It is no use trying to sum people up. One must follow hints, not exactly what is said, nor yet entirely what is done.
The day has finally arrived, and there’s no easy way to say this: I decided to endorse Donald Trump as candidate for President of the United States. I know that by doing this I risk losing a few Facebook friends and maybe some clients.
So be it. I can take it.
And I don’t plan to do this, as has happened lately, by affirming the negative issues or pointing out the negative qualities in the other candidates. After all, I’m totally entitled to my own opinion, something I’ve learned the hard way in the last few weeks of Brazilian political turmoil.
If people can declare that they “followed their heart” when voting for Bernie Sanders in the New York primaries, for example, why can’t I do the same? Who died and left any of them king? King of the “right opinion,” at least? Owners of the “ultimate truth”?
Let’s face it: There’s no “ultimate truth” involved in politics. It’s all theater. And our role in this impossible guessing game is to try to see behind the smoke screens both sides have dedicated themselves to blowing in our way on a daily basis.
As I’m writing on Wednesday, after five Trump victories in the latest primaries, it might seem “evident” that I’m opting for the indisputable frontrunner on the Republican side, assuming that the “Republican option” is something I chose a long time ago, when I first grew disappointed with Barack Obama after rooting for him so strongly. Or after I decided to give in to the remarkable pressure my husband exerts on me, except that I recognize he has actually convinced me through reasonable, logical arguments.
There’s no point in highlighting failed reasoning, such as “nobody can be elected President of the United States without winning Ohio.” I could react: Nobody can be elected President of the United States by only winning Ohio, don’t you agree? I also fail to see the point in emphasizing Ted Cruz’s attempt to solve this riddle by putting himself and Kasich together on a team of losers, thus “pretending” Cruz — or the newly-created double entity — has won Ohio and is, therefore, entitled to the presidency, in a twisted rationale. Or, after this deal was quickly deemed unfeasible, pretending to be the Republican nominee by appointing two-percent Fiorina, “singing” Fiorina as his “vice-president.”
Ted Cruz. What a frightening character. And yet I saw myself compared to him in a pretty unfair response to my positions, expressed in a comment in The New York Times. Too timely to be considered something other than fortuitous coincidence — I don’t believe in coincidences, pero que las hay, las hay — I was confronted with a Modern Love article on the very day I’ve published my chronicle “Tough Love,” which was, more or less, about the same subject — “the transgender mania,” oops, sorry, “movement.” I did not hesitate one minute before trying to enter the New York Times “arena” through the back door, that is, by posting in a comment a link to my chronicle. Ufa.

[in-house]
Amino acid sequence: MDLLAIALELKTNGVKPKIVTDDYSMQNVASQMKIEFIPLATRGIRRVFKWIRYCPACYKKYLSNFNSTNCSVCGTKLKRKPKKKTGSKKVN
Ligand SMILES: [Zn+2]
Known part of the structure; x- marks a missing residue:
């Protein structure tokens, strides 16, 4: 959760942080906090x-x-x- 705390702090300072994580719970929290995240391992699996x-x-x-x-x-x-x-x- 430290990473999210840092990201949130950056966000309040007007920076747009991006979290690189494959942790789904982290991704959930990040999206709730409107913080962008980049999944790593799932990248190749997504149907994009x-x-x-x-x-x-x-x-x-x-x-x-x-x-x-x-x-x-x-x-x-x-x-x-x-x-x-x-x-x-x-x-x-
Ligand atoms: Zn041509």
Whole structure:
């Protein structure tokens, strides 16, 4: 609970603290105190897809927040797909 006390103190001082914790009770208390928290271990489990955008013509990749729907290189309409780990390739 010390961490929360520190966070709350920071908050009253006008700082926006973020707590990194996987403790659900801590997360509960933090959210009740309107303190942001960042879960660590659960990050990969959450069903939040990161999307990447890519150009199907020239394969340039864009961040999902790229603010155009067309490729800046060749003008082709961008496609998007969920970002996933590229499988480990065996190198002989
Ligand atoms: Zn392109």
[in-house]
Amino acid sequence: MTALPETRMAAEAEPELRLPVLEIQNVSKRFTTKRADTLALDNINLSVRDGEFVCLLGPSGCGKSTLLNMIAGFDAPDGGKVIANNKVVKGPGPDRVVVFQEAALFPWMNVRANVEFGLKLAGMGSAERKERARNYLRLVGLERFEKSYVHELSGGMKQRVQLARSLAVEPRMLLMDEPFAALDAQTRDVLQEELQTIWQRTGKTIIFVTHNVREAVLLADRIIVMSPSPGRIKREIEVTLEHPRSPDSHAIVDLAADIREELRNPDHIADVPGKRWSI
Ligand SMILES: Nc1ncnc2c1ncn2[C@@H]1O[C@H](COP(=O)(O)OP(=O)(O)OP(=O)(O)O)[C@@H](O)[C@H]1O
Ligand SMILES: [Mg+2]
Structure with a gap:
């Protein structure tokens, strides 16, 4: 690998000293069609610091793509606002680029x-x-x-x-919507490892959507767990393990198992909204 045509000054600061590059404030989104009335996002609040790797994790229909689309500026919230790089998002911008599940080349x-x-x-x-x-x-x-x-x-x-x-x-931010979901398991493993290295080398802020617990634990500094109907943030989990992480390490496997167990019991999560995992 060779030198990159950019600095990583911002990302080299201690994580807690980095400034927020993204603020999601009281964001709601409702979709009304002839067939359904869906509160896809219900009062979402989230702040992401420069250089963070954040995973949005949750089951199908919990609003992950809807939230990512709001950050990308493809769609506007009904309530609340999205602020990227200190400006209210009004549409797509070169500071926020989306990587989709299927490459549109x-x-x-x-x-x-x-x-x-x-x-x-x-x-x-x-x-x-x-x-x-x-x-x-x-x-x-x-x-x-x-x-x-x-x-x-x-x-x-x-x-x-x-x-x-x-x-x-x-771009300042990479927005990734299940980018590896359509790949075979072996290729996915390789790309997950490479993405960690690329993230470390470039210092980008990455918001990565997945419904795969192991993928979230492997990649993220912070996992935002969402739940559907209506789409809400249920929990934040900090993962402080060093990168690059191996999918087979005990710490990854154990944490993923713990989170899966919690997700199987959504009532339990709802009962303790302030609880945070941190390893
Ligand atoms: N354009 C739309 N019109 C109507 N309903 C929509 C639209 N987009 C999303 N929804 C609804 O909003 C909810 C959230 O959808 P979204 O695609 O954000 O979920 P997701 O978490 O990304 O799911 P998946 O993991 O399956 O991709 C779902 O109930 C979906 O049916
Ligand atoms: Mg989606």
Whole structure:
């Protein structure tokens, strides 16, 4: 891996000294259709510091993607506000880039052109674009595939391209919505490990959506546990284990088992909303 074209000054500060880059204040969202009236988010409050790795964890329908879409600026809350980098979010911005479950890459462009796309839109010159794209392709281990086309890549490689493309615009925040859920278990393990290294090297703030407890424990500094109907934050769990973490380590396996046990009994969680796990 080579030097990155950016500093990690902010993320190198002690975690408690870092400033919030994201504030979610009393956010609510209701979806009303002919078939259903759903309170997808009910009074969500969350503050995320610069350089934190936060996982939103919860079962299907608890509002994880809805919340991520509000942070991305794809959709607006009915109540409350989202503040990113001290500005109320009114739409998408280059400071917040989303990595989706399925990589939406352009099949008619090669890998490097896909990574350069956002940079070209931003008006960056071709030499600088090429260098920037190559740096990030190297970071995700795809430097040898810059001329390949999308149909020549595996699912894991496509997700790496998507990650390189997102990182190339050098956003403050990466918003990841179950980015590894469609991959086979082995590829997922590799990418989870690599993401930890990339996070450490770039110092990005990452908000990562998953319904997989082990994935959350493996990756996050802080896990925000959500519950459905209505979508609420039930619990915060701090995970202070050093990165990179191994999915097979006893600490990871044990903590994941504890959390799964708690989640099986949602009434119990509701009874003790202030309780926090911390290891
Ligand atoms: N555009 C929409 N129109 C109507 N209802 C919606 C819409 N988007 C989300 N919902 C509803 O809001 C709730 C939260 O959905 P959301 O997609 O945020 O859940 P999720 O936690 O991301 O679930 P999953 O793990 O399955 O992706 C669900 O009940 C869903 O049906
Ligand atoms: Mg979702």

It worked. A few people more than the usual couple of readers were redirected to my published essay. Fortunately, the vast majority of comments to the NYT article followed the same line of reasoning mine did, reflecting a clear rejection of an obvious minority’s imposing views, which have been given a privileged podium by an equally imposing “leftist agenda,” or something in this direction.
Not only was I compared to Ted Cruz, but I was also contemptuously qualified as a “cisgender” — for those of you who still don’t know what the term means, it refers to “a person whose gender option equals the gender assigned at birth,” something deeply offensive, apparently. Why should I — or anyone, for that matter — be subjected to such a limiting fate? Forced to accept that I’m a woman just because I was born one? When has nature ever been assigned such an indisputable, anti-democratic role?
Despite the (positive) fact that I was forced to accept how hard it is to adopt the role of a commentator in these extremist days — it takes a “thick skin,” indeed — I was also happy to learn not everybody has finally lost their senses. A good number of women tried to explain how, for instance, their breasts (and mine!) are a living, nourishing element, intertwined with blood vessels, nerve terminals and the like, not a mere “sack filled with fluid.” One gay man stated a unique point of view, according to which the “transgender movement” is actually a retrogression, going in the opposite direction of earlier sexual freedom demands and their consequential gains. “Biological sex is not changeable,” he said. “Transgenderism is rooted in regressive ideas of what it means to be male and female.”